On this beautiful Thursday afternoon here in Western Canuckistan, I get to play the role of Customer Service Rep for another Reader Submission here at PRC.net – and boy it isn’t pretty. This time, as always, I’m siding with the customer, as the issue is pretty clear-cut. Longtime Reiza Studios supporter Roman K. obtained a digital download copy of Automobilista thanks to the promotion Reiza held through Valve’s popular Steam platform. Any user who owned Reiza’s previous title, Stock Car Extreme, prior to January 6th 2016 was gifted a copy of Automobilista upon the title’s release. However, as he also participated in the Reiza Studios IndieGoGo campaign last summer, Roman was entitled to an extra copy of Automobilista due to his financial backer level.
That’s where things get interesting.
Hey PRC.net. This may or may not interest you.
I’ve owned Stock Car Extreme for quite some time, more than enough time to qualify for the free copy of Automobilista that Reiza were giving out during that promotion. And I got that, which is fine. But I also contributed to the IndieGoGo campaign at a high enough level to warrant a Steam Key for Automobilista. This would leave me with two copies of Automobilista; one for myself, and one for a friend. I hope you follow.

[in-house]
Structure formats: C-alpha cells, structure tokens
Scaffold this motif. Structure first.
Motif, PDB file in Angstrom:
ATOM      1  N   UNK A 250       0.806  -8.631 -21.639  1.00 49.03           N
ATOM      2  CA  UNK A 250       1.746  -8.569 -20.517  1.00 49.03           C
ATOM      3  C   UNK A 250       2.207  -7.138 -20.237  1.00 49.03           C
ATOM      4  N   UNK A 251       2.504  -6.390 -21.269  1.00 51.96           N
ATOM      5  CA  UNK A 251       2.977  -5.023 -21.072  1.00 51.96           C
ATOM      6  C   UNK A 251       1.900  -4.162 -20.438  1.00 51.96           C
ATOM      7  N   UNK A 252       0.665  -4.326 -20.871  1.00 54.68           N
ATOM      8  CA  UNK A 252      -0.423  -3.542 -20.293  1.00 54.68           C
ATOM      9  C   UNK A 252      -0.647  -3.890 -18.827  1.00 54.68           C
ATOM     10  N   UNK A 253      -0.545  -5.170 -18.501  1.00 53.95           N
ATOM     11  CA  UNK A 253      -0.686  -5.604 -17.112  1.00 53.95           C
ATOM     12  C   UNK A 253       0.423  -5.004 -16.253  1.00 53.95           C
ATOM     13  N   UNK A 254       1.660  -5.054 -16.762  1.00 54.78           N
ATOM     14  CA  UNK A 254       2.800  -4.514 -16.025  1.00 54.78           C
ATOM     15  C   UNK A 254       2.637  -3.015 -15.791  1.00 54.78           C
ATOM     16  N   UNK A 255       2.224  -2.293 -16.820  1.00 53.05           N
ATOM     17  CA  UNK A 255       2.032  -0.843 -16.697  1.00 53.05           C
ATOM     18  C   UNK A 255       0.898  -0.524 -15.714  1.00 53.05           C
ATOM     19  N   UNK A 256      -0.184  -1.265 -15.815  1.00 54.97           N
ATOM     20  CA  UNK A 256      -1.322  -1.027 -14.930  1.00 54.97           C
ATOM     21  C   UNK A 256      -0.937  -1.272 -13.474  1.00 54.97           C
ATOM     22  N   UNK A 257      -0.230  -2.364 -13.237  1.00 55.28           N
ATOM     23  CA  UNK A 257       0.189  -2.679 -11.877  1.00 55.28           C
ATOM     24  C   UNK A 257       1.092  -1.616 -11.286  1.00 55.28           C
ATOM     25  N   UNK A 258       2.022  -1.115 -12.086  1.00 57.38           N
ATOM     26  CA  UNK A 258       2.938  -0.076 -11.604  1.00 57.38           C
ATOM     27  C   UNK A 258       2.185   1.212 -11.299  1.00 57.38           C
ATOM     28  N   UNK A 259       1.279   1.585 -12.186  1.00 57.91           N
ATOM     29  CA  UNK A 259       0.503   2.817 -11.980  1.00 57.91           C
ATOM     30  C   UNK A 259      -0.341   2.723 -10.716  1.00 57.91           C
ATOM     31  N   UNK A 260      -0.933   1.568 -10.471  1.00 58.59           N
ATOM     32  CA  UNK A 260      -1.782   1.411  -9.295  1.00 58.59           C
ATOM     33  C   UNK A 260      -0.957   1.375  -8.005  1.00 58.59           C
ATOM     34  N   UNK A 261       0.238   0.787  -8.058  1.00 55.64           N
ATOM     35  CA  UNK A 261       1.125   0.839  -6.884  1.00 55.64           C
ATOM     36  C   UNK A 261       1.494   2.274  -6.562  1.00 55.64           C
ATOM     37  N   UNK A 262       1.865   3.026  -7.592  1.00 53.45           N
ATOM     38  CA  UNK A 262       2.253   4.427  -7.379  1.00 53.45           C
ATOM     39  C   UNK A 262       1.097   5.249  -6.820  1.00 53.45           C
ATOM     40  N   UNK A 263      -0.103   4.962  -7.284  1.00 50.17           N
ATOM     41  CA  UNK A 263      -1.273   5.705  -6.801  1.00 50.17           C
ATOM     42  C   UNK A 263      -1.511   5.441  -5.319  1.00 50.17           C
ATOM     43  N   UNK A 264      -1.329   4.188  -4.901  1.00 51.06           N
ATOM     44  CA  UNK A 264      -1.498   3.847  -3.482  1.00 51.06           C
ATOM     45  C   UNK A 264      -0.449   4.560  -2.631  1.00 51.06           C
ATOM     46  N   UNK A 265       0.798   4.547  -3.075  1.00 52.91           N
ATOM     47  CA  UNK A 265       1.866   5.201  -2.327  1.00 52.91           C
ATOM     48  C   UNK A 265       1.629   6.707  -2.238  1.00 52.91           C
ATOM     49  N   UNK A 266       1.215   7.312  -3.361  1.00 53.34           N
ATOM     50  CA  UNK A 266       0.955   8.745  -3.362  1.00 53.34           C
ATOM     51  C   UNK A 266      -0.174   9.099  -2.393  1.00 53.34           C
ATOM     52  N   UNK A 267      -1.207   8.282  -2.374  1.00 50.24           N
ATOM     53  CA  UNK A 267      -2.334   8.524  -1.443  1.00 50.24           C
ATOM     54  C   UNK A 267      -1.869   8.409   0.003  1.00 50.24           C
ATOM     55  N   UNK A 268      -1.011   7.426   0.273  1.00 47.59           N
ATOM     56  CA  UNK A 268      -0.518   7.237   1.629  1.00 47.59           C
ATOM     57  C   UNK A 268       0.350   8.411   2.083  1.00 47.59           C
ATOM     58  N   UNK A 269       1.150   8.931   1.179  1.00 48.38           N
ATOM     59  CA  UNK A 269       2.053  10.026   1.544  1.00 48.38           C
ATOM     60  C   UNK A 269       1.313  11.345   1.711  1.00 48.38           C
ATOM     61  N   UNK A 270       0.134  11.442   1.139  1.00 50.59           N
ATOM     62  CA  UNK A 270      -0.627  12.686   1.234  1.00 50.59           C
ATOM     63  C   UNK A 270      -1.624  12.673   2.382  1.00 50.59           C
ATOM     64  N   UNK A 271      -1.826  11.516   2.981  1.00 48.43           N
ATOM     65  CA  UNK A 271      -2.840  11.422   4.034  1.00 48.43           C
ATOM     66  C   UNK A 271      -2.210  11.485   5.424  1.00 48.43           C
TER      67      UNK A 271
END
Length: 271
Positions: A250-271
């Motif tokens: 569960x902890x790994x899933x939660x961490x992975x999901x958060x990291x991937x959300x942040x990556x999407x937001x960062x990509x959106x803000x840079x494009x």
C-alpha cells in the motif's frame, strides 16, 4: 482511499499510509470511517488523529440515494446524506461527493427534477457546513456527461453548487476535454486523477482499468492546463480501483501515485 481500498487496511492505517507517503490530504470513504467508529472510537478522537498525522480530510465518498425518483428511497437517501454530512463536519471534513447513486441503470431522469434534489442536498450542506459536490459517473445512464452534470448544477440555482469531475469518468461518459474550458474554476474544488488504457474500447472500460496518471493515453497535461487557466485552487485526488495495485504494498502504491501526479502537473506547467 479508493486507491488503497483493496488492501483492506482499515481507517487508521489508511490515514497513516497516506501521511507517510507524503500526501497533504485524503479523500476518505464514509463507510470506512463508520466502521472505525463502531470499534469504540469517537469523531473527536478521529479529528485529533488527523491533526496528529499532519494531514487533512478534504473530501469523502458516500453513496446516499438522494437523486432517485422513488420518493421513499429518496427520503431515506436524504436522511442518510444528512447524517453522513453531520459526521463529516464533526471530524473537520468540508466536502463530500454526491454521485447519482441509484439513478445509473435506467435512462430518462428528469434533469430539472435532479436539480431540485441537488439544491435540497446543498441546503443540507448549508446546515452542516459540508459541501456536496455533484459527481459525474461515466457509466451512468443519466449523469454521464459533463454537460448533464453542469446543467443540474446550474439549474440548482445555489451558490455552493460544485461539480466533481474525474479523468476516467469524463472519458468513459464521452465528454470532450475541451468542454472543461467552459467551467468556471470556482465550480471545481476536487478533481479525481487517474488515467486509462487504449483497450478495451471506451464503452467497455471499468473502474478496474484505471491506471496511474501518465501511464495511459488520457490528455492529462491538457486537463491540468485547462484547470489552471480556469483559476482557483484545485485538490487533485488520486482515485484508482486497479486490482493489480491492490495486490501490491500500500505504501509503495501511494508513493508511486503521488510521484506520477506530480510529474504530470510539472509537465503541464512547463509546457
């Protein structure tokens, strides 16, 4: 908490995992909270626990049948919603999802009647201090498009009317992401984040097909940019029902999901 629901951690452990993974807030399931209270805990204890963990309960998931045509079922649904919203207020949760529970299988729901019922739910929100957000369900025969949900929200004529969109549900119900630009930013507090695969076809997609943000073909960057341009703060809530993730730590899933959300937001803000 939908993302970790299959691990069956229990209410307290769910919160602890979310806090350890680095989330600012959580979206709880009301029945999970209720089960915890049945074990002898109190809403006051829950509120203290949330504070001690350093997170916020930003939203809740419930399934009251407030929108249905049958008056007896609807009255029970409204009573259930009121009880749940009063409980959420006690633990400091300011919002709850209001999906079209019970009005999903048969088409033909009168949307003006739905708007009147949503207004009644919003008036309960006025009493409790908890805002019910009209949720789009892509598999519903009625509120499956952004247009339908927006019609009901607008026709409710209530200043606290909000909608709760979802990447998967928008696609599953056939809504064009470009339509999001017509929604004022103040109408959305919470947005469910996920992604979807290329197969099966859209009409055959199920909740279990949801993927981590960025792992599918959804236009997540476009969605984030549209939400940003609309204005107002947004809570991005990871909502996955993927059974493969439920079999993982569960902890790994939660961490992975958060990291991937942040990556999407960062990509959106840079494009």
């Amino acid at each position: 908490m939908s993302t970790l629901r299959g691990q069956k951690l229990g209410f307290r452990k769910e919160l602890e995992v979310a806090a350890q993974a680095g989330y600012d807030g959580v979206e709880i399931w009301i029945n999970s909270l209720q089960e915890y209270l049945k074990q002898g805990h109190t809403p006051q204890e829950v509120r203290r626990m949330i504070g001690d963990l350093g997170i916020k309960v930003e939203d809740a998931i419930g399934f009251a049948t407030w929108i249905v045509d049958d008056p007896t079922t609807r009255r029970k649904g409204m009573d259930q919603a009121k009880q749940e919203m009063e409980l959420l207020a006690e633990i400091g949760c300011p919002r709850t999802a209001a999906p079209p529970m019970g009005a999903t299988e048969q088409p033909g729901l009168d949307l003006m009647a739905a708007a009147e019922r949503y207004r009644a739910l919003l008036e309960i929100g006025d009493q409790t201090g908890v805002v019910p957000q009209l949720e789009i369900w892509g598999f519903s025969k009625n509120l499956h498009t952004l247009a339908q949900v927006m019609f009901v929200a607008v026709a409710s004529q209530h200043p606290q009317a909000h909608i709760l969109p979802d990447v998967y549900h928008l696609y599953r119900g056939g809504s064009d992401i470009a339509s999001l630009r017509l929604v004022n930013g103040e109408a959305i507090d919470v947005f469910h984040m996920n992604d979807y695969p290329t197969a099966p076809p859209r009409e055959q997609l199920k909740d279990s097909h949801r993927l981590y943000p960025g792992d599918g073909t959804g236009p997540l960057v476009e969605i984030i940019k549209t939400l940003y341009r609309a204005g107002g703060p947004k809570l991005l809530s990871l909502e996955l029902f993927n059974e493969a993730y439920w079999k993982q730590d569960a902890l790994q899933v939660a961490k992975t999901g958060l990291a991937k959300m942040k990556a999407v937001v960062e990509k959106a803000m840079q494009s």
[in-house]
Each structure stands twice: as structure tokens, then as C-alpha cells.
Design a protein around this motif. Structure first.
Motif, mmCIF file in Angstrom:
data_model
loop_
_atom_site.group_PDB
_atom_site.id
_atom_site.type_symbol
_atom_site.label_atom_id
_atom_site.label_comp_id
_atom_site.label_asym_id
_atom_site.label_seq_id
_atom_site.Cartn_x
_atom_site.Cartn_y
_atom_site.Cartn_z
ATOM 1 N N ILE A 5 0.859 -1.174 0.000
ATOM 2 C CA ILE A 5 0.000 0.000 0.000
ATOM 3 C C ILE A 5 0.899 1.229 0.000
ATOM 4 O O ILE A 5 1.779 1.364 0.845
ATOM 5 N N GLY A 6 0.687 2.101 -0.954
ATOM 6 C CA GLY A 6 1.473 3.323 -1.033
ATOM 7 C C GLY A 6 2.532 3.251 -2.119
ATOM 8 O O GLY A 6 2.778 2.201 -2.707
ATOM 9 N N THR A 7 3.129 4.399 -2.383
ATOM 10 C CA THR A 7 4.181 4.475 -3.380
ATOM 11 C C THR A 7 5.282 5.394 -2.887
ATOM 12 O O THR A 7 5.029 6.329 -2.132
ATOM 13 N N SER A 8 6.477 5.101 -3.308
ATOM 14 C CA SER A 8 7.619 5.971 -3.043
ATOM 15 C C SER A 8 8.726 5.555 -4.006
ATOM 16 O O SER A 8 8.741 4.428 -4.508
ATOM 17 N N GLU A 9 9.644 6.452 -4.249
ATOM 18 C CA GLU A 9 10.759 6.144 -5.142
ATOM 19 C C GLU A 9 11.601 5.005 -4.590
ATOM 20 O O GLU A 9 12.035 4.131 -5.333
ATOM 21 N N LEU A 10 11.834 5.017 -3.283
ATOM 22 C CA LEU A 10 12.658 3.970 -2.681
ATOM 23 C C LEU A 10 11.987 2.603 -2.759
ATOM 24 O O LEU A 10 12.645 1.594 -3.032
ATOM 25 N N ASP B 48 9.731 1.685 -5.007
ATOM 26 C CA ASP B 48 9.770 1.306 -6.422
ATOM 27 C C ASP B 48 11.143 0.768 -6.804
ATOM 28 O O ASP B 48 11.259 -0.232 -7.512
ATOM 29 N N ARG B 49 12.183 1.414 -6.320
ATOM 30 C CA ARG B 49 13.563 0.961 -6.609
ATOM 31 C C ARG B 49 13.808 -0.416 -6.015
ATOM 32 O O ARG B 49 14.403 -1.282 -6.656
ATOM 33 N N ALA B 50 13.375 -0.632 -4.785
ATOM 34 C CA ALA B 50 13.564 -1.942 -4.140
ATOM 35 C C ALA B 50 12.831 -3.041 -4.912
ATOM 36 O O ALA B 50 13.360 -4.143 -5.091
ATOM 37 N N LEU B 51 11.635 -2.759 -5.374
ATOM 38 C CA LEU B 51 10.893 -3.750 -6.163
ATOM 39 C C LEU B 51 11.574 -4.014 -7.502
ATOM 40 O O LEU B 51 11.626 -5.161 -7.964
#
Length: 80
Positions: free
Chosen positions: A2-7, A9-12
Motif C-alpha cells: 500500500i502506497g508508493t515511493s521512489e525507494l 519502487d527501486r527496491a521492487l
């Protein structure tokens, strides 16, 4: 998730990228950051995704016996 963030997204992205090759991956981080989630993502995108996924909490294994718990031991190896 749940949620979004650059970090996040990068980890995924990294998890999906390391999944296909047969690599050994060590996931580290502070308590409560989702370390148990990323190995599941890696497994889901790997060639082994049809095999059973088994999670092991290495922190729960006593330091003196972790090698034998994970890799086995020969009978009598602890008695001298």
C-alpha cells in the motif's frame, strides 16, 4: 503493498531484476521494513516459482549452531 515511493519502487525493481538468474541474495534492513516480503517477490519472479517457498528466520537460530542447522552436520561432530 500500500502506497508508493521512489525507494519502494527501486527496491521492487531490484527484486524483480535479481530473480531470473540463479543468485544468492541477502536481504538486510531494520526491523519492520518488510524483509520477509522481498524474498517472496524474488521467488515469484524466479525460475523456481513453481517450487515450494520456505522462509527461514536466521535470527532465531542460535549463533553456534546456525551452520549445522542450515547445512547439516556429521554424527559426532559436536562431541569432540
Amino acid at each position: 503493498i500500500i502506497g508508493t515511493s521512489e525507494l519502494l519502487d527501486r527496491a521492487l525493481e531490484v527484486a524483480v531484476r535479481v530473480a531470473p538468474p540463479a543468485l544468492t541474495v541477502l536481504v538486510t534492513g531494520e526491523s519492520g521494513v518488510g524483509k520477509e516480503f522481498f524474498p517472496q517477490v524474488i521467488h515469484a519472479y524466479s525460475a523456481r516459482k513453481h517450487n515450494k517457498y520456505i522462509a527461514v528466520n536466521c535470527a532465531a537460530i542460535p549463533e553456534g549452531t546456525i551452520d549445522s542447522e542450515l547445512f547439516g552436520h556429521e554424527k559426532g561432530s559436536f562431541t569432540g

However, there appears to have been a catch. Because I bought Stock Car Extreme with the same Steam Account and Email as I used to sign up for the crowdfunding campaign, Reiza Studios claim I’m only entitled to one copy of the game. What the hell? I paid for two copies of Automobilista, yet I only have the right to one copy? What is this?
I don’t want to harm Reiza, but there are rules and everybody should follow them. I love their work, but I don’t like situations such as this one. I have already contacted IndieGoGo, but the response I got was the same one IndieGoGo gave you guys when you Emailed them earlier this year.
I think this whole concept Reiza have going on with the free copy of Automobilista is really strange. For example, if you buy a Volkswagen Golf, and then go to a different Volkswagen dealer and try to buy another Golf, they don’t say “oh sorry, you already have a Golf. You’re only allowed one. Here’s your money back.” But that is what’s happening here.
I’m very curious to know if this has happened to other users. If someone already owned Stock Car Extreme – and therefore Automobilista – prior to the crowdfunding campaign, did they receive a spare copy of Automobilista through their crowdfunding contribution as they should have? Or did the receive nothing and merely forgot that they were entitled to two copies of the game? If that is the case, IndieGoGo should close their account for good. That is a clear breach in the rules.
On a side note, I think it would be interesting to see what would have happened if Automobilista was released as a “new” game, and not as a free gift for those who bought Stock Car Extreme last year. Would reception still be as positive? I think not. This studio is dead to me.